Proposed rule giving ONC direct review of certified IT provides opportunity to review agency itself

Most agencies are quick to justify the need of a proposed rule by pointing out the wonderful things it will do, the gaps it will fill, the problems it will resolve.

Not the Office of the National Coordinator, though, at least in its portrayal of the new proposed rule that would give the agency power to conduct direct review of certified EHR products. Instead, Michael Lipinski, JD, director of ONC's division of federal policy and regulatory affairs launched into a webinar March 22 about the proposed rule by explaining what the rule would not do. 

It does not:

  • Create new certification requirements for developers
  • Create new certification or health IT requirements for providers
  • Establish a means for ONC to directly test and certify health IT
  • Establish regular or routine auditing by ONC of certified health IT products

Instead, the proposed rule, meant to provide "enhanced oversight and accountability" would be more focused. It would enable ONC to directly review certified products, provide increased oversight of health IT testing bodies and increase transparency by making identified surveillance results of certified health IT publicly available. ONC's direct review will be independent of, and possibly in addition to, reviews conducted by the existing ONC-authorized certification bodies (ONC-ACBs) and center on situations that pose a risk to public health and safety.

OK. But we need to take a deeper look at what's going on here.

There have been calls for ONC's authority to be clarified, but where did this rule come from? It's almost as if, after pressure from Congress and others that there should be more oversight of vendors' compliance with certification requirements and information blocking, ONC said, "we should be the ones doing that," realized to its dismay that it didn't have the authority, and so decided to create it. That's rather reactive.  

The way the proposed rule appears to carve out a niche for ONC seems a bit odd, as well. ONC is proposing that it would have some direct oversight, but not all direct oversight. Is that sufficient oversight? Or too much, considering that we already have ONC-ACBs? Why not simply increase the ONC-ACB's authority, since they're more intimately knowledgeable about certification? This overlapping authority and oversight would seem overly complex and pretty confusing to a developer. And would enforcement differ, depending on who is enforcing?

Or perhaps the proposed rule doesn't go far enough. For instance, if the rule is meant to enhance oversight and accountability, as Lipinski noted, should ONC have more authority than what's being considered in the proposed rule? Maybe ONC should conduct regular audits of certified products and be more involved in certification. Perhaps it should address what happens to providers who are using a product that is decertified, rather than just focusing on the vendors.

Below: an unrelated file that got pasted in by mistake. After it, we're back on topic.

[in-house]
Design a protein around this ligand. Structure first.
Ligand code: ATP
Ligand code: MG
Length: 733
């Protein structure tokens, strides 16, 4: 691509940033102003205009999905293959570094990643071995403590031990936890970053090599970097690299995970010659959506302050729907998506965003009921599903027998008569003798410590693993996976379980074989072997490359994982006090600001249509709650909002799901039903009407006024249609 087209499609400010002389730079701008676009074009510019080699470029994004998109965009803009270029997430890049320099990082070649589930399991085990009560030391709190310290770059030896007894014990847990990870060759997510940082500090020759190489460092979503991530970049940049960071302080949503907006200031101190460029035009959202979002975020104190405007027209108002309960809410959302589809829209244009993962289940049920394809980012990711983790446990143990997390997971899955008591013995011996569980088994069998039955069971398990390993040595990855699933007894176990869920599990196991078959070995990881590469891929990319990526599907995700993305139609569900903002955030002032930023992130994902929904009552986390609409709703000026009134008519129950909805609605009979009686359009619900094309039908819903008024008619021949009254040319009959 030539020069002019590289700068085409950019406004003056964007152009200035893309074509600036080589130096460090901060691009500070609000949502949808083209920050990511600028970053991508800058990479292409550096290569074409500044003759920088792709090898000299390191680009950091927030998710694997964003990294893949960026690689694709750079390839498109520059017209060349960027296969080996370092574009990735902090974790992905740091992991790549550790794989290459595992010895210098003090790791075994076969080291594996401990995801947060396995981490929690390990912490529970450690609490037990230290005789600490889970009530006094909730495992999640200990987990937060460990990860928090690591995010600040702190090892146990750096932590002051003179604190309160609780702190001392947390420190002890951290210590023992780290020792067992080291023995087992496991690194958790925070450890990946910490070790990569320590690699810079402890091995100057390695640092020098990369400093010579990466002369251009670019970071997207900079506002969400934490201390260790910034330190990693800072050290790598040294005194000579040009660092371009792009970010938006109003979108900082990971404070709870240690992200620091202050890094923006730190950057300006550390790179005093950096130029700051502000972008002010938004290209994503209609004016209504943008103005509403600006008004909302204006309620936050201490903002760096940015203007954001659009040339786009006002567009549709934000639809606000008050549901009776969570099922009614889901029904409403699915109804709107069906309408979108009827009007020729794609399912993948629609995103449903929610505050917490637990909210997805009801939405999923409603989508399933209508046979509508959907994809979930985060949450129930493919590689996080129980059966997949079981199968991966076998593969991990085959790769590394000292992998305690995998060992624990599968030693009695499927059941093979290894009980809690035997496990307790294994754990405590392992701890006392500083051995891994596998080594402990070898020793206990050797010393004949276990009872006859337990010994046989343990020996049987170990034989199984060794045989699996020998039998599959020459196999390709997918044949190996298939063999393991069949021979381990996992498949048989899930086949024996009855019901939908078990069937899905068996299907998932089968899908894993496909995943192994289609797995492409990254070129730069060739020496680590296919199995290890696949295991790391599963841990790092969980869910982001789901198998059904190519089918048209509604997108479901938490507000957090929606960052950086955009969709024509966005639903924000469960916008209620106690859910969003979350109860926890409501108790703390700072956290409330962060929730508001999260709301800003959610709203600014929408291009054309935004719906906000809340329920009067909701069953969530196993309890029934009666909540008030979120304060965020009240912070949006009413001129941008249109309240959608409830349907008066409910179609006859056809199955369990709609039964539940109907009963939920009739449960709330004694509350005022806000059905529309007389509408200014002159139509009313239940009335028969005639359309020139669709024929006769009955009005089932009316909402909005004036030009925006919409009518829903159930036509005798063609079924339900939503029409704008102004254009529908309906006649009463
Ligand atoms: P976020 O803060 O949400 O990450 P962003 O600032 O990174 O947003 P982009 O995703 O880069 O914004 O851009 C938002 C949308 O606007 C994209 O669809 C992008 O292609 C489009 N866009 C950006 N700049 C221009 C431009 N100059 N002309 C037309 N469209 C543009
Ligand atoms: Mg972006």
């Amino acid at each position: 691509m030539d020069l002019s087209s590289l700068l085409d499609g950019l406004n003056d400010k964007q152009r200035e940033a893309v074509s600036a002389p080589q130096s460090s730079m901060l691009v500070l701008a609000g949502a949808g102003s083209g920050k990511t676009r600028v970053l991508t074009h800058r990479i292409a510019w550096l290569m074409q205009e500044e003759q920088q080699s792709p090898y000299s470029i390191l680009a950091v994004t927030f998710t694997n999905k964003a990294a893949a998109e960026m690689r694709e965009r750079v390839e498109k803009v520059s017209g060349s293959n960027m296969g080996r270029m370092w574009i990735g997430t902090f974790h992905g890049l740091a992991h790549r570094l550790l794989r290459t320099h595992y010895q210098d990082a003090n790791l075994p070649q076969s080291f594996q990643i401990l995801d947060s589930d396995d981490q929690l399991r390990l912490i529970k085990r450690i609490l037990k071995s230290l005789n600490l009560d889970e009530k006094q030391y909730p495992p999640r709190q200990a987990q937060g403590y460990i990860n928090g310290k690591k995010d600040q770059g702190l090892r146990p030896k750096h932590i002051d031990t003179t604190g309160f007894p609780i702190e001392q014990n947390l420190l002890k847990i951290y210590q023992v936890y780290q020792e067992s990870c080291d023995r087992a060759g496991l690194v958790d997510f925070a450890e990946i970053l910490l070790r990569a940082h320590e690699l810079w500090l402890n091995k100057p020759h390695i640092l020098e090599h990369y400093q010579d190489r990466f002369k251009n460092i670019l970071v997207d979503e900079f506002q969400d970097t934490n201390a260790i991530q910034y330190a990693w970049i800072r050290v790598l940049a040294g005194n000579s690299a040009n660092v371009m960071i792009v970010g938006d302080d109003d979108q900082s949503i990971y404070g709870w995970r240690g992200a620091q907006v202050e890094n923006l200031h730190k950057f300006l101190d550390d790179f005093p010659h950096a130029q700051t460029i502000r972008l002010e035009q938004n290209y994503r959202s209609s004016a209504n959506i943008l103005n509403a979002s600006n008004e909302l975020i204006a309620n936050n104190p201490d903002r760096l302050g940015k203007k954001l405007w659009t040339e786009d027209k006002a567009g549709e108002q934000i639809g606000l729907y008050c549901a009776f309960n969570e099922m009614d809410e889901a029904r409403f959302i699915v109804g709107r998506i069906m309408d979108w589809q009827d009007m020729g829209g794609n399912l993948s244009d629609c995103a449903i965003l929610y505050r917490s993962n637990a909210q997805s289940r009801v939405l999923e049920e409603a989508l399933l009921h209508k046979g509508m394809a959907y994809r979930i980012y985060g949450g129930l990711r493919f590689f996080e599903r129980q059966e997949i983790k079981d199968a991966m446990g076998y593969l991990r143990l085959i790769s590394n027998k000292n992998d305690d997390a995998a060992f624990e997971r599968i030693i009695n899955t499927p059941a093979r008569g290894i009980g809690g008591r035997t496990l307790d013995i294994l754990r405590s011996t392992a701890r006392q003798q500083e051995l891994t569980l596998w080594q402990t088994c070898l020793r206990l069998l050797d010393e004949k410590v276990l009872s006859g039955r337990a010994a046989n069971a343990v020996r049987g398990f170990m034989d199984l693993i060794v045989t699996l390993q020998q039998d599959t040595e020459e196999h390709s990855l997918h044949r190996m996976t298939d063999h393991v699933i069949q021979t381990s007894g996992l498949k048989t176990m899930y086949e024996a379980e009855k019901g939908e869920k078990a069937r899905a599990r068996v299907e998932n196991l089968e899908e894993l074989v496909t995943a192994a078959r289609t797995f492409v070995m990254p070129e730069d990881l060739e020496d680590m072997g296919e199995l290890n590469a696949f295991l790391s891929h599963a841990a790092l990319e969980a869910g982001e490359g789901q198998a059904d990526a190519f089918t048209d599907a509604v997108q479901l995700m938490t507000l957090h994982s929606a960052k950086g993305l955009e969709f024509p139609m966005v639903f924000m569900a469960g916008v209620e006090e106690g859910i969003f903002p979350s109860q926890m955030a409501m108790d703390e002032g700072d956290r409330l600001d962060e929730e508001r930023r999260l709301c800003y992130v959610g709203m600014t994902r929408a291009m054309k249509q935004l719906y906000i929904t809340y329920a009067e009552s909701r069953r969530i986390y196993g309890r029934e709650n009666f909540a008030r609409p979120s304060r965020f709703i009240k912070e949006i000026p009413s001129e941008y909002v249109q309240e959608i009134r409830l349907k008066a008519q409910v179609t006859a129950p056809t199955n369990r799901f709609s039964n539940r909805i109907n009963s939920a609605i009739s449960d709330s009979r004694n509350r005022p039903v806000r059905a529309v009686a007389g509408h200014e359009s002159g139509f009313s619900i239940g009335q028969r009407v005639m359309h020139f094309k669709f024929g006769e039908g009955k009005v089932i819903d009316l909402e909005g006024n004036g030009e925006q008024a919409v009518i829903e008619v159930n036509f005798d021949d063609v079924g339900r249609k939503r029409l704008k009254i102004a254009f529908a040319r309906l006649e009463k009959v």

I also question the timing of this rule. It's been issued just as the Centers for Medicare & Medicaid Services is finalizing the proposed rule that would implement the Medicare Access and CHIP Reauthorization Act and siphon off most of the physicians in Meaningful Use out of the original program, which arguably is in need of an overhaul. Is this rule meant to pivot ONC out of Meaningful Use and into certification efforts as a way to repurpose itself? If so, how well does this rule do that?

Then there's the truth of ONC's past history. ONC has treated vendors with kid gloves, frankly. Only four EHR products have been decertified since the certification program has gone into effect, despite the fact that there have been reports that other products don't deserve certification. Is ONC the correct enforcement agency here? If so, should it be beefing up its enforcement efforts?

Or look at some of ONC's other forays. It was going to create a national health information exchange (HIE) network and then backpedaled. It opted not to regulate HIE governance, leading to a myriad of governance business models, some of which have failed and some which need shoring up. It created a complaint tool so that people could voice concerns about EHRs directly to the agency, but stated up front that its wouldn't help resolve the problems being complained about.

Perhaps instead of piecemeal approaches, ONC should be looked at in its totality, and address what authority it should and shouldn't have now that some of its duties have ended and others, like the Meaningful Use program, are changing and will eventually end.

Rarely does a modest rule raise so many fundamental questions. But they must be addressed. What looks on its face as a fill-in-the-gap regulation actually can change the direction and the focus of ONC and the industry. It's an opportune time to take a good look at ONC and the role it should be playing overall. - Marla (@MarlaHirsch and @FierceHealthIT)

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